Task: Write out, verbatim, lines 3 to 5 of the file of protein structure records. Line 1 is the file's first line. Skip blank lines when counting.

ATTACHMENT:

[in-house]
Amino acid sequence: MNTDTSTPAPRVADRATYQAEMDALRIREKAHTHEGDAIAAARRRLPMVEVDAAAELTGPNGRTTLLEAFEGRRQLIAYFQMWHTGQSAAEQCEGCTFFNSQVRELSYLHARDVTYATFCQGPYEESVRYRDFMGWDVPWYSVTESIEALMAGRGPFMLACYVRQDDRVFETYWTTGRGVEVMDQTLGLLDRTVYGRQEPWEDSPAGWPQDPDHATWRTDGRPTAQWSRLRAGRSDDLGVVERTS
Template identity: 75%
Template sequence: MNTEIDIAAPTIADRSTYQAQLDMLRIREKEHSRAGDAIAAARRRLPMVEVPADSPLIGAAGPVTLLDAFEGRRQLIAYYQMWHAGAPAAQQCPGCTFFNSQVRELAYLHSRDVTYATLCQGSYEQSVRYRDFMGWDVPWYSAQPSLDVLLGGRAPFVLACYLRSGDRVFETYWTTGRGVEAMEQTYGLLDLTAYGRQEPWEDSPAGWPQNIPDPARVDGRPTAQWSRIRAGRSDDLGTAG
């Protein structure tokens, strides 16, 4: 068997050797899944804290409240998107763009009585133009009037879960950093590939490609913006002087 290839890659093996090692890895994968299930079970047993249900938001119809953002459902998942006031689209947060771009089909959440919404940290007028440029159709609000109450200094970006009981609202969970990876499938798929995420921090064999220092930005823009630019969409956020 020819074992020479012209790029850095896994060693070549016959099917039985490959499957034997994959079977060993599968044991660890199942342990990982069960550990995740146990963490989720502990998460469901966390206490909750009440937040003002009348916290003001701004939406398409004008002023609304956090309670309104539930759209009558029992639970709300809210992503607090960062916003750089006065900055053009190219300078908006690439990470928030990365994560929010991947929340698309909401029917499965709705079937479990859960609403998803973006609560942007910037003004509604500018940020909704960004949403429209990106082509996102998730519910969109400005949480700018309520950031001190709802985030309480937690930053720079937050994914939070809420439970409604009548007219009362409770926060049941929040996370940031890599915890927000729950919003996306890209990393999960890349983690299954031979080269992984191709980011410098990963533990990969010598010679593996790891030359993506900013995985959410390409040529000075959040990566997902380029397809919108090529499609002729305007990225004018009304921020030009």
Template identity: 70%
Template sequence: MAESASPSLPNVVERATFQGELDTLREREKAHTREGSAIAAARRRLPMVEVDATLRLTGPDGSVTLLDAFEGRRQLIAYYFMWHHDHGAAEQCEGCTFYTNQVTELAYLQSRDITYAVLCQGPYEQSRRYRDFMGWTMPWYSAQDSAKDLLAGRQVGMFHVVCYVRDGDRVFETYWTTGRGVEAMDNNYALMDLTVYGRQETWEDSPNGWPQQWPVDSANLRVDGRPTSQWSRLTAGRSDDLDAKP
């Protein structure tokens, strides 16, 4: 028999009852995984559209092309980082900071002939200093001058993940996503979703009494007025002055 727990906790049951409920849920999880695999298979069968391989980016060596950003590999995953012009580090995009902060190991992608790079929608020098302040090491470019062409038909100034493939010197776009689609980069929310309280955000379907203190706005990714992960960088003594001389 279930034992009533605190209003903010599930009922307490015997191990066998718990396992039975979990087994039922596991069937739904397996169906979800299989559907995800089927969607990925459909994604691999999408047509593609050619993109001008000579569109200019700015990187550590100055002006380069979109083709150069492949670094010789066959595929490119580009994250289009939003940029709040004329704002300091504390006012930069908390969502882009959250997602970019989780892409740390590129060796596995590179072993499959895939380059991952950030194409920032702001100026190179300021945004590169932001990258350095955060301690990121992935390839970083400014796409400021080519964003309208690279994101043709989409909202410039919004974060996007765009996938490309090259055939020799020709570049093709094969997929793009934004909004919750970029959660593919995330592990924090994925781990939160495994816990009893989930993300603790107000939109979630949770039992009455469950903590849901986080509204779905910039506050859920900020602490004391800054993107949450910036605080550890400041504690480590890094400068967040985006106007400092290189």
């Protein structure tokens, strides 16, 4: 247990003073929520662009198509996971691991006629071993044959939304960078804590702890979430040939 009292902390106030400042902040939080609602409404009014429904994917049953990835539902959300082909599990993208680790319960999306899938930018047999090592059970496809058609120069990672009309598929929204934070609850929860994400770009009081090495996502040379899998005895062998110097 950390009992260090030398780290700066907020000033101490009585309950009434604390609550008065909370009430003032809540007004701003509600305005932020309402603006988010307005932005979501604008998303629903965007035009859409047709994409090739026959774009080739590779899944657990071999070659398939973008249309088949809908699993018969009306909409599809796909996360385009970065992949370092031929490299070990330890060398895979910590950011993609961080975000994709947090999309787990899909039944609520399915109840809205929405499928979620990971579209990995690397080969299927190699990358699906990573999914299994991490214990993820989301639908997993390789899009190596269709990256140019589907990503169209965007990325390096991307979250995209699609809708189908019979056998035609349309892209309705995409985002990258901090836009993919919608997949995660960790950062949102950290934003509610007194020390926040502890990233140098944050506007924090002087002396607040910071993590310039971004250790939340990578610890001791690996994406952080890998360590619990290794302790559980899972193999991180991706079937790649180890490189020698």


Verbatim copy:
Template identity: 75%
Template sequence: MNTEIDIAAPTIADRSTYQAQLDMLRIREKEHSRAGDAIAAARRRLPMVEVPADSPLIGAAGPVTLLDAFEGRRQLIAYYQMWHAGAPAAQQCPGCTFFNSQVRELAYLHSRDVTYATLCQGSYEQSVRYRDFMGWDVPWYSAQPSLDVLLGGRAPFVLACYLRSGDRVFETYWTTGRGVEAMEQTYGLLDLTAYGRQEPWEDSPAGWPQNIPDPARVDGRPTAQWSRIRAGRSDDLGTAG
């Protein structure tokens, strides 16, 4: 068997050797899944804290409240998107763009009585133009009037879960950093590939490609913006002087 290839890659093996090692890895994968299930079970047993249900938001119809953002459902998942006031689209947060771009089909959440919404940290007028440029159709609000109450200094970006009981609202969970990876499938798929995420921090064999220092930005823009630019969409956020 020819074992020479012209790029850095896994060693070549016959099917039985490959499957034997994959079977060993599968044991660890199942342990990982069960550990995740146990963490989720502990998460469901966390206490909750009440937040003002009348916290003001701004939406398409004008002023609304956090309670309104539930759209009558029992639970709300809210992503607090960062916003750089006065900055053009190219300078908006690439990470928030990365994560929010991947929340698309909401029917499965709705079937479990859960609403998803973006609560942007910037003004509604500018940020909704960004949403429209990106082509996102998730519910969109400005949480700018309520950031001190709802985030309480937690930053720079937050994914939070809420439970409604009548007219009362409770926060049941929040996370940031890599915890927000729950919003996306890209990393999960890349983690299954031979080269992984191709980011410098990963533990990969010598010679593996790891030359993506900013995985959410390409040529000075959040990566997902380029397809919108090529499609002729305007990225004018009304921020030009």